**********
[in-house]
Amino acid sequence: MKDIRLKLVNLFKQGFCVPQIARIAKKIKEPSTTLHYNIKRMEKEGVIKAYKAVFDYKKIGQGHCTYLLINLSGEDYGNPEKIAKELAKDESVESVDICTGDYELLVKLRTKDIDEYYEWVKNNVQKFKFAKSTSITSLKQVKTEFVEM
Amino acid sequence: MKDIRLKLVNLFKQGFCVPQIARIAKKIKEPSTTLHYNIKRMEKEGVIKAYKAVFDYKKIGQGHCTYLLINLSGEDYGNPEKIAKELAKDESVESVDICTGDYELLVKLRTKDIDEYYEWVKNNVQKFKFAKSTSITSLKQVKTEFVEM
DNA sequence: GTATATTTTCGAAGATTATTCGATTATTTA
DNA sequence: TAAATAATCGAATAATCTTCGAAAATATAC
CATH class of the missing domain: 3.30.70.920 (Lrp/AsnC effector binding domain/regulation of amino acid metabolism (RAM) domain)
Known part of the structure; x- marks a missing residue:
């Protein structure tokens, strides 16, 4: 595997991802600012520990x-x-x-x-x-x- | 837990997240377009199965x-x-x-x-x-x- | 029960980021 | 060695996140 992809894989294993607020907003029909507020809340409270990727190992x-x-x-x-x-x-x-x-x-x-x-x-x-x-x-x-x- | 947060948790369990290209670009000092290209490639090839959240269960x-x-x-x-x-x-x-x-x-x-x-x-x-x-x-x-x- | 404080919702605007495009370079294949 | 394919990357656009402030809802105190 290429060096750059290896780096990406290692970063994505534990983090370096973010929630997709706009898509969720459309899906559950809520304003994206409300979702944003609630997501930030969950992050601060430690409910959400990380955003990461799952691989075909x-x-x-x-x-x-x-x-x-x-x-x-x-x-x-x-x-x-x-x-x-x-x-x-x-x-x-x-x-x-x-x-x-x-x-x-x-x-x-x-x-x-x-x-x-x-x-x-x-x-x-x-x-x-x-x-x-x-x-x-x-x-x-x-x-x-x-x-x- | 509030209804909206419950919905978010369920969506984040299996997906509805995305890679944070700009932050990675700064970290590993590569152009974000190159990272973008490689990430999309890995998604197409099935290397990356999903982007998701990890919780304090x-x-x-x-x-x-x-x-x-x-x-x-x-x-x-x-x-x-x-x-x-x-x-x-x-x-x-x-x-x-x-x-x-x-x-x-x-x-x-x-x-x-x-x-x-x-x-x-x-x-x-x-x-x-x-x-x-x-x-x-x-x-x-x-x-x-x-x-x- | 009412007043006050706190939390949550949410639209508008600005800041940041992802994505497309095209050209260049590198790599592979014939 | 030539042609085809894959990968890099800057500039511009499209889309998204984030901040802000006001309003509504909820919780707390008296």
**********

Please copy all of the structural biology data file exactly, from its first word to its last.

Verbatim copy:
[in-house]
Amino acid sequence: MKDIRLKLVNLFKQGFCVPQIARIAKKIKEPSTTLHYNIKRMEKEGVIKAYKAVFDYKKIGQGHCTYLLINLSGEDYGNPEKIAKELAKDESVESVDICTGDYELLVKLRTKDIDEYYEWVKNNVQKFKFAKSTSITSLKQVKTEFVEM
Amino acid sequence: MKDIRLKLVNLFKQGFCVPQIARIAKKIKEPSTTLHYNIKRMEKEGVIKAYKAVFDYKKIGQGHCTYLLINLSGEDYGNPEKIAKELAKDESVESVDICTGDYELLVKLRTKDIDEYYEWVKNNVQKFKFAKSTSITSLKQVKTEFVEM
DNA sequence: GTATATTTTCGAAGATTATTCGATTATTTA
DNA sequence: TAAATAATCGAATAATCTTCGAAAATATAC
CATH class of the missing domain: 3.30.70.920 (Lrp/AsnC effector binding domain/regulation of amino acid metabolism (RAM) domain)
Known part of the structure; x- marks a missing residue:
């Protein structure tokens, strides 16, 4: 595997991802600012520990x-x-x-x-x-x- | 837990997240377009199965x-x-x-x-x-x- | 029960980021 | 060695996140 992809894989294993607020907003029909507020809340409270990727190992x-x-x-x-x-x-x-x-x-x-x-x-x-x-x-x-x- | 947060948790369990290209670009000092290209490639090839959240269960x-x-x-x-x-x-x-x-x-x-x-x-x-x-x-x-x- | 404080919702605007495009370079294949 | 394919990357656009402030809802105190 290429060096750059290896780096990406290692970063994505534990983090370096973010929630997709706009898509969720459309899906559950809520304003994206409300979702944003609630997501930030969950992050601060430690409910959400990380955003990461799952691989075909x-x-x-x-x-x-x-x-x-x-x-x-x-x-x-x-x-x-x-x-x-x-x-x-x-x-x-x-x-x-x-x-x-x-x-x-x-x-x-x-x-x-x-x-x-x-x-x-x-x-x-x-x-x-x-x-x-x-x-x-x-x-x-x-x-x-x-x-x- | 509030209804909206419950919905978010369920969506984040299996997906509805995305890679944070700009932050990675700064970290590993590569152009974000190159990272973008490689990430999309890995998604197409099935290397990356999903982007998701990890919780304090x-x-x-x-x-x-x-x-x-x-x-x-x-x-x-x-x-x-x-x-x-x-x-x-x-x-x-x-x-x-x-x-x-x-x-x-x-x-x-x-x-x-x-x-x-x-x-x-x-x-x-x-x-x-x-x-x-x-x-x-x-x-x-x-x-x-x-x-x- | 009412007043006050706190939390949550949410639209508008600005800041940041992802994505497309095209050209260049590198790599592979014939 | 030539042609085809894959990968890099800057500039511009499209889309998204984030901040802000006001309003509504909820919780707390008296």